Q&A: Dr George Webster

Q&A - 12TH JULY 2017

Consultant gastroenterologist and hepatologist at The London Clinic on how treatment of conditions affecting the bile duct has been transformed by next-generation endoscope technology

Interview: Viel Richardson
Images: Orlando Gili

What’s your role?
I’m a consultant gastroenterologist and hepatologist with a particular interest in diseases of the bile duct and pancreas.

What is the bile duct and what conditions can affect it?
Bile is a waste product of the liver. The bile duct drains it from the liver into the top part of the gut called the duodenum. There are a wide range of diseases and conditions that can affect it. Benign problems include narrowings called ‘strictures’, or obstructions. Stones that develop in the gall bladder can pass through into the bile duct causing blockages, which can result in severe pain. About 10% of the adult population have gallstones, and in the vast majority of cases there are no symptoms and nothing needs to be done, but when these stones pass through into the bile duct, this cannot be resolved with a simple operation—and that’s where the procedures that I’m involved in come in.

What about malignant problems?
Narrowings in the bile duct can be caused by malignant or cancerous disease. For example, the lower part of the bile duct runs through the pancreas and if, unfortunately, you get a tumour in the pancreas, this can squeeze the bile duct, causing strictures, which in turn can cause jaundice and other problems related to poor drainage, including dark urine and pale stools. There are also other types of malignant cancerous strictures including bile duct cancer and secondary tumours. These can develop in the internal wall of the bile duct, or outside the duct pressing inwards.

Not all strictures are due to cancer. The difficulty is that cancerous and non-cancerous strictures of the bile duct often cause symptoms that are very similar, although the treatment is of course completely different. Therefore, there is always a challenge to make a clear diagnosis.

How would you traditionally have investigated these issues?
For the past 30 years, our main tool for managing stones in the bile duct has been a type of endoscopy called an endoscopic retrograde cholangiopancreatography (ERCP). This allows us to inject dye up the bile duct and use x-rays to look for stones. If we find them, we pass a thin tube with a ‘balloon’ at the end up the bile duct to a position just above the stone’s location. Then we inflate the balloon and slowly drag it down, bringing the stone with it. This is actually a very effective treatment in many cases. We also have special baskets we can use to crush the stones in situ.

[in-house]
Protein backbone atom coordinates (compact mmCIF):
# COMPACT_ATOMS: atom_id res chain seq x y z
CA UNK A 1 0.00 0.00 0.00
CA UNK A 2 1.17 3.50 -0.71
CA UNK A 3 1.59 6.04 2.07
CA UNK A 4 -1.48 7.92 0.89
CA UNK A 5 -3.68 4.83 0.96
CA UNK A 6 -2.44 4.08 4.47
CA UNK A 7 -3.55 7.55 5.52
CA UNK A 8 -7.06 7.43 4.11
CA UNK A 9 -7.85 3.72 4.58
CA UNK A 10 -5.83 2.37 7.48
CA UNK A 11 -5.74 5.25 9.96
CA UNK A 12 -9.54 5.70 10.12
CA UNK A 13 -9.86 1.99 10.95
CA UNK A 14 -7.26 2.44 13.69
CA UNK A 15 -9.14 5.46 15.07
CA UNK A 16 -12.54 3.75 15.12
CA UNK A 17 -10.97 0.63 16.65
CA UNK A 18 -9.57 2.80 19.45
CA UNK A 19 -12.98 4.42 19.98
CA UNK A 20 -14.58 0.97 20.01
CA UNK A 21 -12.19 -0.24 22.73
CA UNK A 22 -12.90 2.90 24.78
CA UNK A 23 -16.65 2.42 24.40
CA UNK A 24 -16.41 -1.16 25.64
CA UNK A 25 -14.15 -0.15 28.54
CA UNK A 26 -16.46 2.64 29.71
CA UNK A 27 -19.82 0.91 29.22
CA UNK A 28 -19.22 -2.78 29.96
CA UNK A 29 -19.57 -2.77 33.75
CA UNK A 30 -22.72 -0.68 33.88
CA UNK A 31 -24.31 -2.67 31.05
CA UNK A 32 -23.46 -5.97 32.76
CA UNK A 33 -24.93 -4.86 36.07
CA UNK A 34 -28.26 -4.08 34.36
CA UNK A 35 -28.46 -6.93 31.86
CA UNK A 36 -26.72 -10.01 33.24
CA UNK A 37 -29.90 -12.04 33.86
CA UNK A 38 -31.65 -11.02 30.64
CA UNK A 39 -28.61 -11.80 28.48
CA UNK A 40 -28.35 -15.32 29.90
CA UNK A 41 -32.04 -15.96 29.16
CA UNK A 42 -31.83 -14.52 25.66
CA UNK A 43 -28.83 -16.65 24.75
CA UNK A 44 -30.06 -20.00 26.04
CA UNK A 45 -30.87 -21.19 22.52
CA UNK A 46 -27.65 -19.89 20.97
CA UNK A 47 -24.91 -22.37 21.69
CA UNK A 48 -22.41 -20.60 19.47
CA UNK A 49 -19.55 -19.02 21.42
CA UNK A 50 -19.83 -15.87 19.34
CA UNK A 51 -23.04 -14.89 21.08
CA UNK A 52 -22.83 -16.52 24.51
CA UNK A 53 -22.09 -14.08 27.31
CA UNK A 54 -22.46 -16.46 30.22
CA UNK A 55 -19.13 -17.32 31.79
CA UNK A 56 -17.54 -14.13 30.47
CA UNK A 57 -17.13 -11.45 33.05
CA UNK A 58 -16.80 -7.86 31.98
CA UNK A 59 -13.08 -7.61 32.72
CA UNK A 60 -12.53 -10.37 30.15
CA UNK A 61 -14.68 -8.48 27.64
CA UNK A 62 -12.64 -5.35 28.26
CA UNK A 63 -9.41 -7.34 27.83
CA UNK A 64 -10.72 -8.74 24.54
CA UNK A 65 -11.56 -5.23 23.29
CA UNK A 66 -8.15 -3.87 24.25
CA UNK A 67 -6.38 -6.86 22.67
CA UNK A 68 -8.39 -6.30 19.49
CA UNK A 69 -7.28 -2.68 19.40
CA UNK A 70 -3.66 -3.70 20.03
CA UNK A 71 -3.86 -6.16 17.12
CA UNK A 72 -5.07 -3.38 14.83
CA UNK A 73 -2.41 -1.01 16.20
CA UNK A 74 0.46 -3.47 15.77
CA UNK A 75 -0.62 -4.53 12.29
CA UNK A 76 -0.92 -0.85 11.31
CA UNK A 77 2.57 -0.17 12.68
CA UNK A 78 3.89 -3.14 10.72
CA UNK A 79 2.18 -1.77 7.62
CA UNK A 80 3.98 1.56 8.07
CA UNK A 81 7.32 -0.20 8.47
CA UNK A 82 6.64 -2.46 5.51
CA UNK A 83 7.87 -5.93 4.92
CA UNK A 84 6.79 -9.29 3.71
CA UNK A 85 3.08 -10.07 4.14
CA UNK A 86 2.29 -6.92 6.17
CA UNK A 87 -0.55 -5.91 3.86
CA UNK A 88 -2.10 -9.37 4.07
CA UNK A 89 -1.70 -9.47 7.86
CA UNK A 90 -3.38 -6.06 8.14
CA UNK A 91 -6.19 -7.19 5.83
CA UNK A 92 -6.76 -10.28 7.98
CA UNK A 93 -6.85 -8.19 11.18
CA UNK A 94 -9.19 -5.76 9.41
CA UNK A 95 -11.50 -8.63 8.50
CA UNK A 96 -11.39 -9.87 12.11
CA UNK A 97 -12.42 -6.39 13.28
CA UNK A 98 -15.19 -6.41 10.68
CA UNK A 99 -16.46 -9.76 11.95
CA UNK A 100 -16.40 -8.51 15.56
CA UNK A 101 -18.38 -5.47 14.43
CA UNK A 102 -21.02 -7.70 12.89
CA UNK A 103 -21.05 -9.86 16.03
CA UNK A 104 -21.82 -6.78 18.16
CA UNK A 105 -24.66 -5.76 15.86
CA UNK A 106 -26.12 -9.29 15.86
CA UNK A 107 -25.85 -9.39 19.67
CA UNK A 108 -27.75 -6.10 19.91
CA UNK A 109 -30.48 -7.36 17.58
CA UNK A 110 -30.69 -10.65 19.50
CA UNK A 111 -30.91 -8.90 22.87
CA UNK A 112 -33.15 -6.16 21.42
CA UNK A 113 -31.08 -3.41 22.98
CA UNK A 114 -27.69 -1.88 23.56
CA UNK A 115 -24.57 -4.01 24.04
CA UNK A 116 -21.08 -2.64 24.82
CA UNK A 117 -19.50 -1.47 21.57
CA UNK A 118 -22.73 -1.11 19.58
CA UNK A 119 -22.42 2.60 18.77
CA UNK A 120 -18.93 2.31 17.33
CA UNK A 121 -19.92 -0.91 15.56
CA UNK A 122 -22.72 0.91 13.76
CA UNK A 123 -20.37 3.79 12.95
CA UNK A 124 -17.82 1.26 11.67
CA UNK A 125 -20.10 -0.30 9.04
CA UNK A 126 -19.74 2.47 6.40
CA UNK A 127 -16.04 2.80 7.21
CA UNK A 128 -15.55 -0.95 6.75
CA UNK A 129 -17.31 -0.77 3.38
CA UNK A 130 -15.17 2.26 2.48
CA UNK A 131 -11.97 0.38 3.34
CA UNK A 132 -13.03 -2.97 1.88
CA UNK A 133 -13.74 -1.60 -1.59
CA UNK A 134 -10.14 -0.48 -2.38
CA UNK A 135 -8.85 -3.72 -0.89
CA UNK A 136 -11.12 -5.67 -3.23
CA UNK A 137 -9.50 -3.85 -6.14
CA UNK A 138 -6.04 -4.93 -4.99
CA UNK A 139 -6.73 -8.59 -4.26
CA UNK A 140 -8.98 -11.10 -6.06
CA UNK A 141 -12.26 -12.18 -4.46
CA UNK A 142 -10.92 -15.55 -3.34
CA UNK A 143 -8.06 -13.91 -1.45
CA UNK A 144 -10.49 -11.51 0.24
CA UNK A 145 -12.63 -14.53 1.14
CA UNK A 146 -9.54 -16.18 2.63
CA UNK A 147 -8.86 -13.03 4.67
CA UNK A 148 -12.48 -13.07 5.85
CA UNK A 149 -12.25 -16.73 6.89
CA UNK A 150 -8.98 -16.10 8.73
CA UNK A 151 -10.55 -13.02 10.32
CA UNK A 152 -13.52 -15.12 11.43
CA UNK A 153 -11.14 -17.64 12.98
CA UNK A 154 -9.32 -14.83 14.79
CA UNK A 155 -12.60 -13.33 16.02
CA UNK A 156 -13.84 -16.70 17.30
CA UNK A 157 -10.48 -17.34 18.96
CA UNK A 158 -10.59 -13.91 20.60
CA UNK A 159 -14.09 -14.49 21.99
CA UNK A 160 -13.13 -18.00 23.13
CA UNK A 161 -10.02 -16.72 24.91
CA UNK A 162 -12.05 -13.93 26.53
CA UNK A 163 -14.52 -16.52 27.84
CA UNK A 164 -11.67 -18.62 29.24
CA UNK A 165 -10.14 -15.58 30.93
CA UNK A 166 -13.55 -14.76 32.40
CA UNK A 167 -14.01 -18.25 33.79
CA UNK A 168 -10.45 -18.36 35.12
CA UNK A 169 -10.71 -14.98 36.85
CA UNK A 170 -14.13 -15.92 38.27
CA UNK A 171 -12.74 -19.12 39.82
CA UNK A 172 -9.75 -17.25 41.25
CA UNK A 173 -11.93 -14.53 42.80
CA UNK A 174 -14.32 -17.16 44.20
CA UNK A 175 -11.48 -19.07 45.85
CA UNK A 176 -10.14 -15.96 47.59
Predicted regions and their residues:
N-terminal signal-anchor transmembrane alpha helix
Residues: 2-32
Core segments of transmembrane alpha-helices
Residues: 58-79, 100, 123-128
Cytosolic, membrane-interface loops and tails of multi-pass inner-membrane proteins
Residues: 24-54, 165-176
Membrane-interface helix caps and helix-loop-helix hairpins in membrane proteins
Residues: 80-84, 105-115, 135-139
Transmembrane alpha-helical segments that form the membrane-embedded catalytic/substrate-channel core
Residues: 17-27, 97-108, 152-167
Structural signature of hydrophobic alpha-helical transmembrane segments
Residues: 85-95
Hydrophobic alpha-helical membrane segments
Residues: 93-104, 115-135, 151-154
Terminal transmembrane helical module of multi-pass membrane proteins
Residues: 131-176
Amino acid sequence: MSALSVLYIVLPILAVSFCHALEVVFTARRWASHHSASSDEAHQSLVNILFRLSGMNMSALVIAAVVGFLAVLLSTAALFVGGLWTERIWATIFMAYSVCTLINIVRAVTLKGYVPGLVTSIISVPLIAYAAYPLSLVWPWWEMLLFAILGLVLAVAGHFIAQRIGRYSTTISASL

However, in some patients it is not possible to remove the stones using conventional ERCP. In the past, this has resulted in patients either having multiple procedures, or the patient being put through very complex open abdominal surgery to remove the stone. This is the area where a new system we have at The London Clinic called SpyGlass has a very important role to play.

What is SpyGlass?
It is a tiny camera on the end of a very thin 3mm steerable endoscope called the SpyScope, which we feed down the middle of a traditional endoscope. For the first time we can see inside the bile duct without an operation.

Can you attach tools to the scope?
Yes, we can. For example, when dealing with gallstones we can attach an instrument called an electrohydraulic lithotripter. We can manoeuvre the SpyScope right up to the stone, and fire shock waves at the stone to break it up. We then use balloons or baskets to remove those fragments.

What about dealing with strictures?
The crucial question here is whether it is benign or malignant. If the cause is benign, many strictures can be opened up with balloons, and we can use stents to keep them open. But if it is a cancer, then clearly we need to be in a position to give other treatments, which may include curative surgery or chemotherapy.